The second issues of Batman and Teen Titans have appeared at Walmart and the saga of the exclusive comics continues to be a very fluid thing.
My spies observed 2 copies of Batman 2; 6 copies of Superman #2; 3 copies of Teen Titans #2; 2 copies of Justice League #2; and 2 copies of Batman #1 in Cedar Rapids… and we’ll come back to the oddities of that sighting in a moment.
The Beat’s own Joe Grunenwald observed 5 copies of Batman #2; 5 copies of Teen Titans #2; 1 copy of Superman #2; 1 copy of Justice League #2; and a single copy of Batman #1. His story also had a neat and tidy display with the usual cardboard box.
So it looks like they’re continuing to drop 5 copies of each title on initial release and then do some restocking. Which effectively means increasing the initial stocking of Superman and Teen Titans. DC’s Dan DiDio has spoken about increasing the print runs and it’s going to be interesting to see how many copies are dropping when the King and Bendis issues arrive next month. Those two are what’s really driving the buzz and they haven’t arrived yet.
So about that Cedar Rapids location. Some things were unusual there. First off, the comics weren’t in the usual cards and collectibles aisle, they were in the book section. Sort of. This is going to take a little explaining, particularly if you live in a place like NYC and haven’t been to a lot of Walmarts. There seem to be two different section layouts in Walmarts. One layout has a books aisle in the back of the store, usually near the DVDs. The other layout has a sort of U-shaped area at the front of the store, often with a couple little aisles inside it.
This store had the U-shaped books area.
As you can see, the comics are packed in between some candy and some Pokemon and Magic cards, so it would seem some of those collectibles are in a different area in that store. I’m not entirely sure what to make of it, but that’s how things were displayed. No cardboard, just a pile of comics. I would think being in a corner of the book section probably still gets you a little more appropriate foot traffic. And… hold on… what else was in the pile with the new DC titles?
X-Men Blue… “Only at Walmart.” There were two of these packs there. I’m assuming when they say “Only at Walmart,” they’re referring to that pack of 3 comics only being sold there?
And guess what? The Beat’s own Kate Willaert also had a Marvel comics pack siting at her local Walmart.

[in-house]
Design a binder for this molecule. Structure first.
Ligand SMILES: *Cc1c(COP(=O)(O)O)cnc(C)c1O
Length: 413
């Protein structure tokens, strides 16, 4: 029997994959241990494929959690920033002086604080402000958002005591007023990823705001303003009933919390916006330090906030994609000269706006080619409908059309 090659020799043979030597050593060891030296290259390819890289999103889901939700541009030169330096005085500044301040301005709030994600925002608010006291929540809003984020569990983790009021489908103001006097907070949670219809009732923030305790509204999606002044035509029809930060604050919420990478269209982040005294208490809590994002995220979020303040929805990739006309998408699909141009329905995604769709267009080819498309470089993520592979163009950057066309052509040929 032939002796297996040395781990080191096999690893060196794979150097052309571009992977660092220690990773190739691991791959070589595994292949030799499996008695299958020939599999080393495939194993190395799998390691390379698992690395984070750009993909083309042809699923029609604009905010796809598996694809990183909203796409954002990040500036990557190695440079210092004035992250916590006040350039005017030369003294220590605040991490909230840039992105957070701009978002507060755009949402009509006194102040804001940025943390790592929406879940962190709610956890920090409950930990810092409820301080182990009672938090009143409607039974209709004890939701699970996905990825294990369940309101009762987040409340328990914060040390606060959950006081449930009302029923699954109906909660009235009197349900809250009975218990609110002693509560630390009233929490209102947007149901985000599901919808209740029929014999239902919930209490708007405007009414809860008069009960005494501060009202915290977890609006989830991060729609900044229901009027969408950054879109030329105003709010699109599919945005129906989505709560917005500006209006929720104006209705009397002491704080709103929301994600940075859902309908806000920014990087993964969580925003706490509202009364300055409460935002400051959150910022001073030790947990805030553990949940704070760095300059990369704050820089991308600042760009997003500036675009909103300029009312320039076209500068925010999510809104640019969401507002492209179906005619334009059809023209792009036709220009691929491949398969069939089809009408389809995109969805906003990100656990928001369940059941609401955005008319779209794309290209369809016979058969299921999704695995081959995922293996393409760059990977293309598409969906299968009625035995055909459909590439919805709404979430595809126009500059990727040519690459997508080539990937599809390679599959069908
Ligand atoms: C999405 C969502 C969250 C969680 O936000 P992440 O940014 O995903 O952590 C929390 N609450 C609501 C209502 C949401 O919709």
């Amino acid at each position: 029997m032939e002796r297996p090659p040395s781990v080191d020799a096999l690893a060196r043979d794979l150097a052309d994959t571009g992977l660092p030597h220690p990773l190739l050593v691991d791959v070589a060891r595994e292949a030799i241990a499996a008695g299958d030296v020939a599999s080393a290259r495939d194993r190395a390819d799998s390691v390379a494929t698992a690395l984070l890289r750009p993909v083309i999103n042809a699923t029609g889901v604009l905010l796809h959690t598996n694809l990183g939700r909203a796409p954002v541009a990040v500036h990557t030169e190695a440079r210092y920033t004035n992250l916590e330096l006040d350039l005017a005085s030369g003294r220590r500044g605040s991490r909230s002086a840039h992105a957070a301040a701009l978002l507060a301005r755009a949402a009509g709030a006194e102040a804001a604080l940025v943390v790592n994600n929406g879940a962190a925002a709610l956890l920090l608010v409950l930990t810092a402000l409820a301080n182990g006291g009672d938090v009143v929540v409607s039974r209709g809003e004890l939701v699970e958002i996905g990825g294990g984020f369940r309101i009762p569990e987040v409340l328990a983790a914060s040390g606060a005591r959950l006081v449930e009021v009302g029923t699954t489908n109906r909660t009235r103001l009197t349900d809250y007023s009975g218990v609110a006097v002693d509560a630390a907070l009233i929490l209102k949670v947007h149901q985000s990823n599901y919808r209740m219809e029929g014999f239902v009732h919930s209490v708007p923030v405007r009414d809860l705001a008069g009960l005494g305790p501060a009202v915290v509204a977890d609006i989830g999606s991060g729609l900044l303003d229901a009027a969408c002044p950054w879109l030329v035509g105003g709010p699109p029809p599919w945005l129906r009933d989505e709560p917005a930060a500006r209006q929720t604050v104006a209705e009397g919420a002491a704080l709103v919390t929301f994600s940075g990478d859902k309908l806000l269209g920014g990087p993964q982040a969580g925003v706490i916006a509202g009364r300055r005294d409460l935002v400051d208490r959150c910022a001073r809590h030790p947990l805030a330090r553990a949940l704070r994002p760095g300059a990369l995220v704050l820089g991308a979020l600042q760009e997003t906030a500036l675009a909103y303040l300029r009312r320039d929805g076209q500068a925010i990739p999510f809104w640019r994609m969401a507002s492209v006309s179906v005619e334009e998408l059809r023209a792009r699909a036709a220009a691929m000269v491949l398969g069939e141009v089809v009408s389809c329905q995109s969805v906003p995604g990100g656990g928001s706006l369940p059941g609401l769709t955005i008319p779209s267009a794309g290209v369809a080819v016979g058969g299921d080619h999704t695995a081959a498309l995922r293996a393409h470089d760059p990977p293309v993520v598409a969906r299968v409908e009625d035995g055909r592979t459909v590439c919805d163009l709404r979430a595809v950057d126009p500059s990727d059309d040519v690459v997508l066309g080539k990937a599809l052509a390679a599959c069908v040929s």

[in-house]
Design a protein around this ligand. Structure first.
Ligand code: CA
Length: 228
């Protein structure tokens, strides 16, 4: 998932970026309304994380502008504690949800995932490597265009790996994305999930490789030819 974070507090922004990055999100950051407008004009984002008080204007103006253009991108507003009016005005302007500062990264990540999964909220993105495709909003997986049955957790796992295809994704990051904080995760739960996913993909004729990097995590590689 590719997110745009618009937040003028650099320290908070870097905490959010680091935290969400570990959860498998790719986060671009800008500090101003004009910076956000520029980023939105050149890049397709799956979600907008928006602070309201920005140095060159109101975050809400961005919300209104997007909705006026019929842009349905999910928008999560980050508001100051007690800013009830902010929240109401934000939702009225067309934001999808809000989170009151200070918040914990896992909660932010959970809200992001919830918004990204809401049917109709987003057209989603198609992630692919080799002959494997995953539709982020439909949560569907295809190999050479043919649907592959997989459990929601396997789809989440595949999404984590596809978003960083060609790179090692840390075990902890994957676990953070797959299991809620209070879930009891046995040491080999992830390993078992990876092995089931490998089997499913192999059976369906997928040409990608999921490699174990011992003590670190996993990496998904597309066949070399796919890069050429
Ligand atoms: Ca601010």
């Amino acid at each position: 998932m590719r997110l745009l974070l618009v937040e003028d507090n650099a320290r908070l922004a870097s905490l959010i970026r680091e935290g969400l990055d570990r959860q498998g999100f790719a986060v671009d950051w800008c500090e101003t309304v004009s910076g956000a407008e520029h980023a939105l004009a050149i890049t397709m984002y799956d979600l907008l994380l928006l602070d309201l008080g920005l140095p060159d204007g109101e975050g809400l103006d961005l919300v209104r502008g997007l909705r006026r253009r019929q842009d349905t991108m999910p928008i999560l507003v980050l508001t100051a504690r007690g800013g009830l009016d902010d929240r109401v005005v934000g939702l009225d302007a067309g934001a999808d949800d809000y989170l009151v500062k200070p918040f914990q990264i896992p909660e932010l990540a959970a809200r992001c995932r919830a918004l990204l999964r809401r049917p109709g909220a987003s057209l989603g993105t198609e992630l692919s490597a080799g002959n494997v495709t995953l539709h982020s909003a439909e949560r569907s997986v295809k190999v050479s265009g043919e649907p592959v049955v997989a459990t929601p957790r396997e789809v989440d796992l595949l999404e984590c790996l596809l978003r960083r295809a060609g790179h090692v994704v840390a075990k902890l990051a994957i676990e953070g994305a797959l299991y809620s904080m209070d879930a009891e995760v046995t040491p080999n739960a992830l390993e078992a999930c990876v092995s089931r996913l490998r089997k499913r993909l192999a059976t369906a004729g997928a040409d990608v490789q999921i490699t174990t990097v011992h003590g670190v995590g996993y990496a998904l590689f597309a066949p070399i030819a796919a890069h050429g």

Guardians of the Galaxy and yet another X-title mixed in with the old DC 3-packs.
I’m not actually sure if these Marvel packs are new or not. But the point is, they’re getting mixed into the pile in some messy sections. Kate reports that they had too many comics to fit in the display box and that old failed DC Showcase magazine was also in the display box. The #2 issues were in a stack with some of the comic packs mixed in. So a section of stacks.
The net effect is similar to that Cedar Rapids store. And I suspect both piles were a bit less neatly stacked before being prepped for photography.
It’s just kind of a sloppy flea market look when those cardboard display boxes aren’t used and I know there are more than two stores in this situation.
What can we take away from all this?
- It doesn’t appear the #1s are being removed when the #2s arrive. And this is a good thing if DC wants to get new readers. If there’s a still a #1 lying around, a new reader can start at the beginning of the story.
- If the comics aren’t selling through at a given store, there are going to be stacks lying around sooner or later.
- There appears to be some consolidation of the various comics that have been sold over the last couple of years into the same area. Whether this is intentional or not, I have no idea. But the DC comic packs and the Showcase issues are definitely at least 6 months old, probably closer to a year.
I’ll probably be passing by a Walmart with one of those U-shaped sections tomorrow and I’ll have a look to see if their comics have moved from the collectibles area to the book section. That would be an interesting development if it isn’t an isolated incident.
Todd Allen wears a lot of hats. At various times he’s been (alphabetically), a bouncer, college professor, humor columnist, Internet producer and an NBA/WNBA Beat Writer, among other things. He’s the author of Economics of Digital Comics. You should probably read it.